Report

Israel and Turkey Reach Deal to Restore Diplomatic Relations

Israeli and Turkish diplomats have reportedly reached a preliminary agreement to restore normal diplomatic relations, which were suspended in 2010 when 10 activists were killed by Israeli troops boarding a ship, the Mavi Marmara, that was trying to break the Israeli blockade of Gaza. Under the terms of the agreement, Israel will establish a fund ...

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Israeli and Turkish diplomats have reportedly reached a preliminary agreement to restore normal diplomatic relations, which were suspended in 2010 when 10 activists were killed by Israeli troops boarding a ship, the Mavi Marmara, that was trying to break the Israeli blockade of Gaza. Under the terms of the agreement, Israel will establish a fund to provide compensation to the families of the dead activists and Turkey will drop criminal charges against Israeli officers. Turkey has also agreed to cooperate with Israel to prevent a senior Hamas operative from entering the country.

The groundwork for the agreement, which has yet to be finalized, was laid at a recent meeting of senior Israeli and Turkish diplomats in Switzerland. President Obama has pushed for a reconciliation agreement for years and an administration official called the arrangement “a welcome step.” Israeli opposition politicians have already criticized the agreement, saying that the “damage has already been done” and that it “must not give Erdogan a foothold in Gaza.”

U.N. Security Council Votes for Stronger Measures to Prevent Financing Terrorism

Finance ministers from the U.N. Security Council states met in New York yesterday for a session chaired by U.S. Treasury Secretary Jack Lew that focused on halting the financing of the Islamic State and al-Qaeda. The Security Council voted unanimously to approve new measures to target individuals involved in financing terrorism and facilitating greater information sharing between countries.

Headlines

  • Yemeni negotiators in Switzerland reached a breakthrough yesterday, setting terms to allow the provision of humanitarian aid to the city of Taiz.

 

  • The United States is sending weapons to Syrian Arab rebels participating in the Syrian Democratic Forces coalition ahead of an anticipated assault on the city of al-Shadadi, described as a logistical hub for the Islamic State.

 

  • Turkish clashes with Kurdish militants left 24 dead in the city of Cizre; at a rally, Turkish President Recep Tayyip Erdogan said the country would be “cleansed” of Kurdish militants.

 

  • Diplomats from the United States, Russia, and Saudi Arabia, among others, are meeting in New York today to discuss the contours of a potential peace plan for Syria to be presented an international talks next month.

 

  • Approximately 20 U.S. Special Forces left an airfield in Libya when they were asked to leave by the air force, with which they had not coordinated; the U.S. troops were working with the Libyan army, which U.S. officials say has been happening on an advisory basis.

Arguments and Analysis

China, Egypt Imprison Record Numbers of Journalists” (Elana Beiser, Committee to Protect Journalists)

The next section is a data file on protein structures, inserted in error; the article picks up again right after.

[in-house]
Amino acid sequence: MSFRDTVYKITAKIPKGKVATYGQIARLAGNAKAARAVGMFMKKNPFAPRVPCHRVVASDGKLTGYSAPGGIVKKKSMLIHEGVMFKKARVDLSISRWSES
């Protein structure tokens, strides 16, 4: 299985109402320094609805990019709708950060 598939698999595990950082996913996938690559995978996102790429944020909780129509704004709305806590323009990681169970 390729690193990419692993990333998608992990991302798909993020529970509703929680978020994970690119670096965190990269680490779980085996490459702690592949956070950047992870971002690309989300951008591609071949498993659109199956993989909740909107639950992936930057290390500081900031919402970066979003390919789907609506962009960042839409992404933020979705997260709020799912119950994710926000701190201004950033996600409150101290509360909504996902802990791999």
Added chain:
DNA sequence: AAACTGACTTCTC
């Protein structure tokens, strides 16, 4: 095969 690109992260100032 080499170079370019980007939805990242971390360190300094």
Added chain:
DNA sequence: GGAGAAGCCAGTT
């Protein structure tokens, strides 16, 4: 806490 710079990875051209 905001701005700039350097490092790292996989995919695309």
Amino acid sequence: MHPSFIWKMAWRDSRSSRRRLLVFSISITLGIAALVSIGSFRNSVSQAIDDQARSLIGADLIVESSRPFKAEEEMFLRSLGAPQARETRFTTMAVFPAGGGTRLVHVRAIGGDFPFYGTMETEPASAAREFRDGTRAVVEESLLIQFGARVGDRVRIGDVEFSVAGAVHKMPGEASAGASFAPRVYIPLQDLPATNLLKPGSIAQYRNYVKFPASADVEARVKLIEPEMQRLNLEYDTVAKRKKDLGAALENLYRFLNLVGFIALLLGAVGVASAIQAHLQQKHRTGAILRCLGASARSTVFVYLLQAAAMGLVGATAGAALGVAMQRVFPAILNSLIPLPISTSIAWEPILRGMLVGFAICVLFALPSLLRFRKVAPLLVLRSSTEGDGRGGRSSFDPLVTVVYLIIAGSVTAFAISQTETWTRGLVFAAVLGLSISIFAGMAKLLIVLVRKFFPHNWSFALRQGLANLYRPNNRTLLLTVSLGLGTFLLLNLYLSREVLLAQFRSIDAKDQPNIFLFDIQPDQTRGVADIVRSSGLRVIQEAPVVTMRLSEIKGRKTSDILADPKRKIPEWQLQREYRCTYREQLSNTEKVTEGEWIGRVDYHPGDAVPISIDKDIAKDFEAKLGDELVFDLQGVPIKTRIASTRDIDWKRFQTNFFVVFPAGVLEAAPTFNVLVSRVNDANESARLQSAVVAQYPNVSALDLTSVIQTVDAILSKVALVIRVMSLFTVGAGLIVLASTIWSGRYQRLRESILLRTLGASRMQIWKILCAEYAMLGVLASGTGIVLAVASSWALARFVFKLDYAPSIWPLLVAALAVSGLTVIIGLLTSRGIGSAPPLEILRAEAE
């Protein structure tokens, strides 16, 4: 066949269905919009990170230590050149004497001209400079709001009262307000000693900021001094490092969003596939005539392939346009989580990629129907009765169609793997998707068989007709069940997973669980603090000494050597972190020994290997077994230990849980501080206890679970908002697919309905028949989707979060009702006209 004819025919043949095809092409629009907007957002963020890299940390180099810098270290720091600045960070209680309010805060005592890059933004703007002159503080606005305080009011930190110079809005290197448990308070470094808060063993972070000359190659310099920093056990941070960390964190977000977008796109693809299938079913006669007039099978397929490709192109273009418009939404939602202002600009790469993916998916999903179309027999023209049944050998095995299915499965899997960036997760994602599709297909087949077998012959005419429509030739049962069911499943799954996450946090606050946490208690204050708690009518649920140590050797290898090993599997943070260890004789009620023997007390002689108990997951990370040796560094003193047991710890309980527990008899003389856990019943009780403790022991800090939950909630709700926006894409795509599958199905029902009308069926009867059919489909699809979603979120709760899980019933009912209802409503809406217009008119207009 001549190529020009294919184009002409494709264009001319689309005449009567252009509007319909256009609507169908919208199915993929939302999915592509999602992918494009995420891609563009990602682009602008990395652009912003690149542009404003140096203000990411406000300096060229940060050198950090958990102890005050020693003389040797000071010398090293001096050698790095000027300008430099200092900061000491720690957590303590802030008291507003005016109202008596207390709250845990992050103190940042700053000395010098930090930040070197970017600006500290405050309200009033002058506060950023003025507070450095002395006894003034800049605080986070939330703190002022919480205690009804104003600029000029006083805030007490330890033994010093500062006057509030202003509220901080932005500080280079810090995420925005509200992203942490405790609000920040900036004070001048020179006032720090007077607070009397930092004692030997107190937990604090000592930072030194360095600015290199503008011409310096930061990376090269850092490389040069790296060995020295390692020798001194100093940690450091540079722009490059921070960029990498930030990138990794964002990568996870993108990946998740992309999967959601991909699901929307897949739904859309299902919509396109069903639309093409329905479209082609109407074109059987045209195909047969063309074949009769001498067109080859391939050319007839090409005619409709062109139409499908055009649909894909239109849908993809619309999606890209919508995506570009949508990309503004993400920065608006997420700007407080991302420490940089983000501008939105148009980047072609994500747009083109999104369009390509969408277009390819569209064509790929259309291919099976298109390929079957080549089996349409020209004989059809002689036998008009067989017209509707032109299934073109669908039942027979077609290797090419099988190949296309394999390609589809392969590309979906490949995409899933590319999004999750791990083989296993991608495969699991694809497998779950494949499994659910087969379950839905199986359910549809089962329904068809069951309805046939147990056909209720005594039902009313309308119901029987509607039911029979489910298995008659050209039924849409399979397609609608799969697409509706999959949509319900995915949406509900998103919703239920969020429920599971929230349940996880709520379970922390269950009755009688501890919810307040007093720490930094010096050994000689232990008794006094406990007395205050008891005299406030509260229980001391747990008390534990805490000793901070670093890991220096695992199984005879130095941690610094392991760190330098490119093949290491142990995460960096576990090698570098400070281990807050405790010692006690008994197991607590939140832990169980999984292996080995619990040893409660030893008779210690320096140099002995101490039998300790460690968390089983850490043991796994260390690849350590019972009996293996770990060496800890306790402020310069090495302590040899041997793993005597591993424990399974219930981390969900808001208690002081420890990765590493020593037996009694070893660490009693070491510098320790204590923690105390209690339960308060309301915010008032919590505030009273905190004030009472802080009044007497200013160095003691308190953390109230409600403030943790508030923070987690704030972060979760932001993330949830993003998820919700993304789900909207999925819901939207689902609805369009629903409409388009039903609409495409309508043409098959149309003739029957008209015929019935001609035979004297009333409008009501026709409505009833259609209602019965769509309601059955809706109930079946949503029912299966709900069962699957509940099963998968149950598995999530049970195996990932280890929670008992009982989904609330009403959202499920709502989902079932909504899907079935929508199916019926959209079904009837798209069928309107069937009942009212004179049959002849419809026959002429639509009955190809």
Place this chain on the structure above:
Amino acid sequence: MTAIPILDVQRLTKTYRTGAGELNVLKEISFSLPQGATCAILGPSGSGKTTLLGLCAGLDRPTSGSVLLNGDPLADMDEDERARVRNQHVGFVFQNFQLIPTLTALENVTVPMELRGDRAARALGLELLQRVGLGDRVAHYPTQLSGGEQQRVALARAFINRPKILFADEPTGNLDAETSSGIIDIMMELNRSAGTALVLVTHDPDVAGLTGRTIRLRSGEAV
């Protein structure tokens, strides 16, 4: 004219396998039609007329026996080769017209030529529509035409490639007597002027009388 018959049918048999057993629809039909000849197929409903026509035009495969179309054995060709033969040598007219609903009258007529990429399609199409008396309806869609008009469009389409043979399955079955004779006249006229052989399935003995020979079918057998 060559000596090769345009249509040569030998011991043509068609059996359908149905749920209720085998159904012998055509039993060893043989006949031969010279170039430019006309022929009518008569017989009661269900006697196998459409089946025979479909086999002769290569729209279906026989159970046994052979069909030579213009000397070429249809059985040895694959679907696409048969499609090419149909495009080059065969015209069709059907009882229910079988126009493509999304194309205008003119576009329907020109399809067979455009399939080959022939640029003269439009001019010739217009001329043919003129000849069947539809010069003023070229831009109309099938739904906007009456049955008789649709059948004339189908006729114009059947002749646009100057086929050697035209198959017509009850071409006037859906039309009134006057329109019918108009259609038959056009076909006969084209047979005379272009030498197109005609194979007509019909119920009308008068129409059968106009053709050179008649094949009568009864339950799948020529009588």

“Perhaps nowhere has the climate for the press deteriorated more rapidly than in Egypt, now the second worst jailer of journalists worldwide. President Abdel Fattah el-Sisi continues to use the pretext of national security to clamp down on dissent. Cairo is holding 23 journalists in jail, compared with 12 a year ago. As recently as 2012, no journalists were in jail for their work in Egypt. Those behind bars include Ismail Alexandrani, a freelancer who focuses on the troubled Sinai Peninsula and who was recently arrested on arrival in Egypt from Germany. Conditions for the media have also taken a turn for the worse in Turkey, which doubled the number of journalists in jail over the year to 14. The country released dozens of journalists in 2014 after being the world’s worst jailer for two consecutive years, but in 2015 — amid two general elections, further entanglement in the Syrian civil war, and the end of a fragile ceasefire with fighters of the banned Kurdistan Workers’ Party (PKK) — fresh arrests make it the fifth worst jailer globally. Most recently, Can Dündar and Erdem Gül, senior staff members of independent daily Cumhuriyet, were arrested on charges of espionage and aiding an alleged terrorist group after publishing reports that alleged Turkey’s National Intelligence Organization (MIT) had transferred weapons to Syria under cover of humanitarian aid.”

 

The Syrian military has thousands of deserters. New research tells us why they left.” (Dorothy Ohl, Kevin Koehler, and Holger Albrecht, Monkey Cage)

“International strategies have so far aimed at strengthening belligerents through financial support or direct military intervention. This has contributed to a vicious cycle of violence rather than to conflict settlement. Moreover, dire economic circumstances among Syrian refugee communities have made these groups susceptible to recruitment efforts. Better funded than other rebel groups, jihadist militias and particularly the Islamic State have an edge in such efforts. In contrast, encouraging desertions without bolstering recruitment could weaken the regime without strengthening actors such as the Islamic State. Given what we know about the dynamics of desertion from the regime army and recruitment into the rebellion, improving the fate of the large Syrian refugee communities in Lebanon, Jordan, Turkey and elsewhere could go a long way toward  addressing both issues.”

-J. Dana Stuster

Alex Wong/Getty Images

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